Protecting Deep Learning Systems from Adversarial Attacks

Figure 1. Using the ShapeShifter attack, researchers at Georgia Tech and Intel have shown how vulnerable self driving cars’ computer vision systems are to attack.
Figure 2. UnMask combats adversarial attacks (in red) by extracting robust features from an image (“Bicycle” at top), and comparing them to expected features of the classification (“Bird” at bottom) from the unprotected model. Low feature overlap signals an attack.

Defending Deep Learning Systems using UnMask

We propose the simple, yet effective idea that robust feature alignment offers a powerful, explainable and practical method of detecting and defending against adversarial perturbations in deep learning models. A significant advantage of our proposed concept is that while an attacker may be able to manipulate the class label by subtly changing the object, it is much more challenging to simultaneously manipulate all the individual features that jointly compose the image. We demonstrate that by adapting an object detector, we can effectively extract higher-level robust features contained in images to detect and defend against adversarial perturbations.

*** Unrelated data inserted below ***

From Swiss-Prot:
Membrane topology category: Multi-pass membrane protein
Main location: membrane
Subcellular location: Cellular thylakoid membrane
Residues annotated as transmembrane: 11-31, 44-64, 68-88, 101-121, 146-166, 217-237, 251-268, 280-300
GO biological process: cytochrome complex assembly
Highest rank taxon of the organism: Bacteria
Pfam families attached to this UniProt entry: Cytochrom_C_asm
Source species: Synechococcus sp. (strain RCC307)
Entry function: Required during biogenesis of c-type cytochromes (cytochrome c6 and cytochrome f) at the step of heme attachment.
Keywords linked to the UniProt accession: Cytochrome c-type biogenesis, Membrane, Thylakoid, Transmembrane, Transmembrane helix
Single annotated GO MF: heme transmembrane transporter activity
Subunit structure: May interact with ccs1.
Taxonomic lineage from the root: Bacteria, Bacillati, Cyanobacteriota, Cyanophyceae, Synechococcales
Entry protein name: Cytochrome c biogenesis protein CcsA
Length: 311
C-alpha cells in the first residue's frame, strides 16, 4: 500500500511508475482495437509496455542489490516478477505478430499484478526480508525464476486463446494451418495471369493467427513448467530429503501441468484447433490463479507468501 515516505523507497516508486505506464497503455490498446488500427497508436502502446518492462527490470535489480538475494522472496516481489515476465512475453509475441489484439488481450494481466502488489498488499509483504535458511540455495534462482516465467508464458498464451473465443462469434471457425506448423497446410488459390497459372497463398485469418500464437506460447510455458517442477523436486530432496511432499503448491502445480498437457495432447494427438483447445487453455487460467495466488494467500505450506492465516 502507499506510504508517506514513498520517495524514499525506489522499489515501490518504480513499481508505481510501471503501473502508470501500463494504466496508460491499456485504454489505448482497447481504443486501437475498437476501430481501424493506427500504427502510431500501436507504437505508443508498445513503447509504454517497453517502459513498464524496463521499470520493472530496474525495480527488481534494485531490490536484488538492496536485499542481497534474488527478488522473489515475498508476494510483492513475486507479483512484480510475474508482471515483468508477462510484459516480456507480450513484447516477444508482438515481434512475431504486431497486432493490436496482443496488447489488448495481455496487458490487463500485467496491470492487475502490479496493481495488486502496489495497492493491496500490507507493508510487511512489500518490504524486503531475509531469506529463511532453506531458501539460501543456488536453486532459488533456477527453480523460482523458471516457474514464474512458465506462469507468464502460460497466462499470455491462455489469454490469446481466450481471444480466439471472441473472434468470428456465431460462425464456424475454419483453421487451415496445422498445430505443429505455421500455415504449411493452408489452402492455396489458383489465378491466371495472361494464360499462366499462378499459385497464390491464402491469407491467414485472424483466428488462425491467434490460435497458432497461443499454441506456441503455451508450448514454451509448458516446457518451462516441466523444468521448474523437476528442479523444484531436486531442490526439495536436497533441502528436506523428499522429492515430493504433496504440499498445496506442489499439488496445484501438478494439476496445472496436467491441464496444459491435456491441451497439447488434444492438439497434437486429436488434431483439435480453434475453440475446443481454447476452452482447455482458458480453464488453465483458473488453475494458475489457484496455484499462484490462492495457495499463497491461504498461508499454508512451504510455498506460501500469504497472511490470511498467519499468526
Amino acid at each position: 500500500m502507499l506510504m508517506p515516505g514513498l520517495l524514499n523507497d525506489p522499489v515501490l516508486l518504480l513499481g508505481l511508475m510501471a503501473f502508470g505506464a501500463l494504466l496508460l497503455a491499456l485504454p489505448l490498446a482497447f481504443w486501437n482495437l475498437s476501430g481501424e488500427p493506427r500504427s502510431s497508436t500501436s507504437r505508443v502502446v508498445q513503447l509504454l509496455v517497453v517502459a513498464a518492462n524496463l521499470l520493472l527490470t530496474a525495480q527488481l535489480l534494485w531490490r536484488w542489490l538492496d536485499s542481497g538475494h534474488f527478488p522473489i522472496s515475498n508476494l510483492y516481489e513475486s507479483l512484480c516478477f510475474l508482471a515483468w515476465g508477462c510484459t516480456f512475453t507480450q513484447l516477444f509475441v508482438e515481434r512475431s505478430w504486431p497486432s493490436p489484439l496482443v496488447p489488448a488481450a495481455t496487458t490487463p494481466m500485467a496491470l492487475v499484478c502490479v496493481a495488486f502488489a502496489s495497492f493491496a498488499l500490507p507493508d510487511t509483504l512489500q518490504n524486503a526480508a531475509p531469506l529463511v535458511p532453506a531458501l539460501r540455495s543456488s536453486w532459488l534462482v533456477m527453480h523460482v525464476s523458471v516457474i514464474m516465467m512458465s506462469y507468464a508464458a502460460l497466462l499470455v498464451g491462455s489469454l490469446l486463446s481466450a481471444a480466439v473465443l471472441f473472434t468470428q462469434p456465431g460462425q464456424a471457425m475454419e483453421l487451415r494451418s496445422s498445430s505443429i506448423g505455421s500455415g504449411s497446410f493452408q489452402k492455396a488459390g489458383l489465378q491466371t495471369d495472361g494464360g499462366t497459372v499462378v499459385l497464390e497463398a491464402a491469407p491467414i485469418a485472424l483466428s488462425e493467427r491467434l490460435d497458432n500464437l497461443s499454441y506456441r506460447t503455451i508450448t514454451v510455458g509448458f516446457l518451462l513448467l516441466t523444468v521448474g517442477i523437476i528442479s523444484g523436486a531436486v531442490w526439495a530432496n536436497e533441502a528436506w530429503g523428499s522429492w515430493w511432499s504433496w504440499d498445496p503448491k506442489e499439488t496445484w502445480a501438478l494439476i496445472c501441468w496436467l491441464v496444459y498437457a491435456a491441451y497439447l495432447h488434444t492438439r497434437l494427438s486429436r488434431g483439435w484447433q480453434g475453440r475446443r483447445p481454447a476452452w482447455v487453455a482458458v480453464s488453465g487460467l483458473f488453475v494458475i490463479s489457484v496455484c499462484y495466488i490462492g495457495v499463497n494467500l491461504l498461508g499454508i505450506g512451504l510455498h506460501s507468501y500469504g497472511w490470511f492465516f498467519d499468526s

Figure 3. Across multiple experiments, UnMask (UM) can protect deep learning systems 31.18% better than adversarial training (AT) and 74.44% than no defense (None).

Want to read more?

While we aren’t able to cover everything in this blog post, the interested reader can read more about UnMask through our IEEE Big Data’20 paper on arXiv or check out the code on Github.



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Scott Freitas

Scott Freitas

PhD student @ Georgia Tech. I work at the intersection of applied and theoretical machine learning.